The Mouse/Histology Core B will provide SAMPI/YitFc (SAMP) mice and other mouse modesi of experimental CD for use in each of the individual projects. Maintaining the SAMP breeding colony and experimental animals in a common centralized facility under uniform environmental conditions is crucial to the success of the program. Centralization of mouse production will also reduce costs by eliminating redundant breeding colonies, and ulfimately reduce the numbers of mice required by ensuring efficient utilization by each of the projects.
A second aim i s to provide centralized histological services and assistance with immunohistochemistry, digital fluorescence and brightfield microscopy for each of the projects.
The third aim of the Core is to provide centralized histopathological analyses of inflammation and other morphological parameters to invesfigators within the program. A centralized core component for analysis of the histopathological features of ileitis and colitis in this model will provide a common framework for interpretation of data generated by each of the four projects. A strength of this component is the availability of an experienced Gl pathologists. Dr. Xin, to perform histopathological scoring of samples to each of the projects and to provide ongoing consultative service to the projects conceming the pathological features of disease in this model. The forth aim is to provide consultation and teaching on immunohistochemical techniques and marker-assisted breed strategies for the generation of mutant congenic mouse strains that will be useful to projects within the program. Transfer of these induced mutations into an appropriate background can be accomplished in 5 generations. Dr. Pizarro will direct the core. A committee consisting of the core director and project leaders, will address routine quality control and prioritization issues. An oversight committee will review the operation of the core on a yearly basis.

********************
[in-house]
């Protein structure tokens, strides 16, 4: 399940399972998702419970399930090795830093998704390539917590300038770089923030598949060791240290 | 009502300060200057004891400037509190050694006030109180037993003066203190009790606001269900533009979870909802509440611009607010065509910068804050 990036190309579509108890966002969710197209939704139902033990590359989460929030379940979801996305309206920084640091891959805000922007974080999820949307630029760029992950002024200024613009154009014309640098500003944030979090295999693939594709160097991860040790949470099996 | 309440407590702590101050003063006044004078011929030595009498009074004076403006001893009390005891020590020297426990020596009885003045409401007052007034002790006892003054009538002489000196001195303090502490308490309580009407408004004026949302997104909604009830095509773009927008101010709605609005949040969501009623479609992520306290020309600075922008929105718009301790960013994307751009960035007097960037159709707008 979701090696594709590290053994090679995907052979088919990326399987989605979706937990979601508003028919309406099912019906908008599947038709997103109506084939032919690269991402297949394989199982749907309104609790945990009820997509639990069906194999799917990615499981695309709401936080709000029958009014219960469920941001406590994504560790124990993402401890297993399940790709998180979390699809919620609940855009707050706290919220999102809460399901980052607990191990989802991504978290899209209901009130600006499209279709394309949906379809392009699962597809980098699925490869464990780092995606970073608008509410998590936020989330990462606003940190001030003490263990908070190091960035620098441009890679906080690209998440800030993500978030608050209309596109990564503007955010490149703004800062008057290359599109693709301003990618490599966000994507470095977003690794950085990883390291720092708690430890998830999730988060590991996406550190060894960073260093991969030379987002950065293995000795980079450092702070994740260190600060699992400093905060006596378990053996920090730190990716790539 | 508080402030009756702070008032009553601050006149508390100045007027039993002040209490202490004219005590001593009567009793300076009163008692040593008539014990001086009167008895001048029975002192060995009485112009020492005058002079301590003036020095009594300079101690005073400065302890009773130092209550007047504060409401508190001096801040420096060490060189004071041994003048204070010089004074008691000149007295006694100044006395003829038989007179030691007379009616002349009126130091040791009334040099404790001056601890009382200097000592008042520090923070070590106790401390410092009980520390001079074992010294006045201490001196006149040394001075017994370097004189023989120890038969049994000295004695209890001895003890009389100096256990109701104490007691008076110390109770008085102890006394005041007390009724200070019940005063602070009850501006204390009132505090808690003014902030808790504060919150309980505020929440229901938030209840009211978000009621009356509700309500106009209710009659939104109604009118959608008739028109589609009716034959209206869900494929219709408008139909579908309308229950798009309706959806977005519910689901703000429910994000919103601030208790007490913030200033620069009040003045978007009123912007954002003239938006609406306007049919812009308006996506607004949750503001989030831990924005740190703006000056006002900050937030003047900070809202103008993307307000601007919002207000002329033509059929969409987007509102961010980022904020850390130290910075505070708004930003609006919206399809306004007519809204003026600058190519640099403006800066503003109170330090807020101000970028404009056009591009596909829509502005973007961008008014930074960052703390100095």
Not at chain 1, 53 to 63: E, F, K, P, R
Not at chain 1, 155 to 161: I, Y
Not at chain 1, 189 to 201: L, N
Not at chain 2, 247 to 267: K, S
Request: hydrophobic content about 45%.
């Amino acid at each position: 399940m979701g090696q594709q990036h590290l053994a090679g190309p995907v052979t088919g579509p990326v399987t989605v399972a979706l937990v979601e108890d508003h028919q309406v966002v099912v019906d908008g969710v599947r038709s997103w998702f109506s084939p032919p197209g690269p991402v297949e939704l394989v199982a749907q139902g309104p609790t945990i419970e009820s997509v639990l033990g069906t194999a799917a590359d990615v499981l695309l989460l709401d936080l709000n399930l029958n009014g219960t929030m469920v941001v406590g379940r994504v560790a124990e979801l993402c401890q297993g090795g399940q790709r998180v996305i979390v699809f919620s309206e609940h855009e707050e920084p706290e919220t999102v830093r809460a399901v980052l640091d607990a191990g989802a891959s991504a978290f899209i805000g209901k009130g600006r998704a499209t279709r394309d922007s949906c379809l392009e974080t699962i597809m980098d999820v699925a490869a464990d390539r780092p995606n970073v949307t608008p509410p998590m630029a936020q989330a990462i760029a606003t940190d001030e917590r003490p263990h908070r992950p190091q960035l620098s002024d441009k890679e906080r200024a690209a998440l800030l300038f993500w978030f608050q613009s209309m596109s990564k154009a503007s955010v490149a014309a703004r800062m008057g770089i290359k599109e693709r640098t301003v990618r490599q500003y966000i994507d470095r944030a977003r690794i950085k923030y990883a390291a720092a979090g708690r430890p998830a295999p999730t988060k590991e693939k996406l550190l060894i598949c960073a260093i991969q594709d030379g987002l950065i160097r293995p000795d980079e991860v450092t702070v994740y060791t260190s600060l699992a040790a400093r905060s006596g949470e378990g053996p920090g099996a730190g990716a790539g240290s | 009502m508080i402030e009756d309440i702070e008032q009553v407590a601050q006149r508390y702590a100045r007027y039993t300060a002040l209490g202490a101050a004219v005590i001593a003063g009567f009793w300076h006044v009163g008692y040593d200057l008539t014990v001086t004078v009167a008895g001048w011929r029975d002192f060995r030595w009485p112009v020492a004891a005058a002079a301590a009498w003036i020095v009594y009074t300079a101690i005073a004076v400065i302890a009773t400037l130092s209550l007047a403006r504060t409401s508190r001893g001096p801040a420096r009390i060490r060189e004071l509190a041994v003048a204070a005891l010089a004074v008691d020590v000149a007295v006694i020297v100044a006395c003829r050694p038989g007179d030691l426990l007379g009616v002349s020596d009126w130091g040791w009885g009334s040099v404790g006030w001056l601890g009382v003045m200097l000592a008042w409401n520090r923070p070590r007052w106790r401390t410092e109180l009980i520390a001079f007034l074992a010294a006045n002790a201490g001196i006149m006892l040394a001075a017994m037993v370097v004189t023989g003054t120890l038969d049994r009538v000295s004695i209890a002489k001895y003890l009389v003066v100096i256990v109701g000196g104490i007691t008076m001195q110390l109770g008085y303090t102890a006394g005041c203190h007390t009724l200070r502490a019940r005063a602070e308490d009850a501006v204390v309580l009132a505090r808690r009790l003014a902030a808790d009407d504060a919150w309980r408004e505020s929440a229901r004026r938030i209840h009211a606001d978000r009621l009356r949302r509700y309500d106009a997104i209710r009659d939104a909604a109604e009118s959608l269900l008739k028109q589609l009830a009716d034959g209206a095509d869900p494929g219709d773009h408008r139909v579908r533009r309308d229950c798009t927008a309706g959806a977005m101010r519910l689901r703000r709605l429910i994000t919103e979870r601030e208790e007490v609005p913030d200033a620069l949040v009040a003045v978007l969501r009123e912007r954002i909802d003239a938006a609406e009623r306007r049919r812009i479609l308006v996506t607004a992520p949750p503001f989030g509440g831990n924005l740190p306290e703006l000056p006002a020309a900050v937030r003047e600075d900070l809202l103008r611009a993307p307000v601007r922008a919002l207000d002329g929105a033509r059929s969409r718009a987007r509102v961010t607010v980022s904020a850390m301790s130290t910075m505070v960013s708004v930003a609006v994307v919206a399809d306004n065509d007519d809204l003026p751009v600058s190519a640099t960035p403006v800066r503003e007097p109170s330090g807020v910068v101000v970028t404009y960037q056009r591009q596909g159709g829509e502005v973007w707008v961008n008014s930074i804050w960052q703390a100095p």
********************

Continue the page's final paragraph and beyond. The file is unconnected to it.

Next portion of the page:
CD affects more than 500,000 individuals in the US and incurs significant costs to society. Understanding the precise mechanisms and immune defects that cause the disease will allow us to develop better therapies and begin to develop a cure for this devastating disease.
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|Tigno-Aranjuez, Justine T; Benderitter, Pascal; Rombouts, Frederik et al. (2014) In vivo inhibition of RIPK2 kinase alleviates inflammatory disease. J Biol Chem 289:29651-64|
|Corridoni, Daniele; Arseneau, Kristen O; Cominelli, Fabio (2014) Functional defects in NOD2 signaling in experimental and human Crohn disease. Gut Microbes 5:340-4|
|Corridoni, Daniele; Arseneau, Kristen O; Cominelli, Fabio (2014) Inflammatory bowel disease. Immunol Lett 161:231-5|
|Cavalcanti, Elisabetta; Vadrucci, Elisa; Delvecchio, Francesca Romana et al. (2014) Administration of reconstituted polyphenol oil bodies efficiently suppresses dendritic cell inflammatory pathways and acute intestinal inflammation. PLoS One 9:e88898|
|Goodman, Wendy A; Pizarro, Theresa T (2013) Regulatory cell populations in the intestinal mucosa. Curr Opin Gastroenterol 29:614-20|
|Pastorelli, Luca; De Salvo, Carlo; Vecchi, Maurizio et al. (2013) The role of IL-33 in gut mucosal inflammation. Mediators Inflamm 2013:608187|
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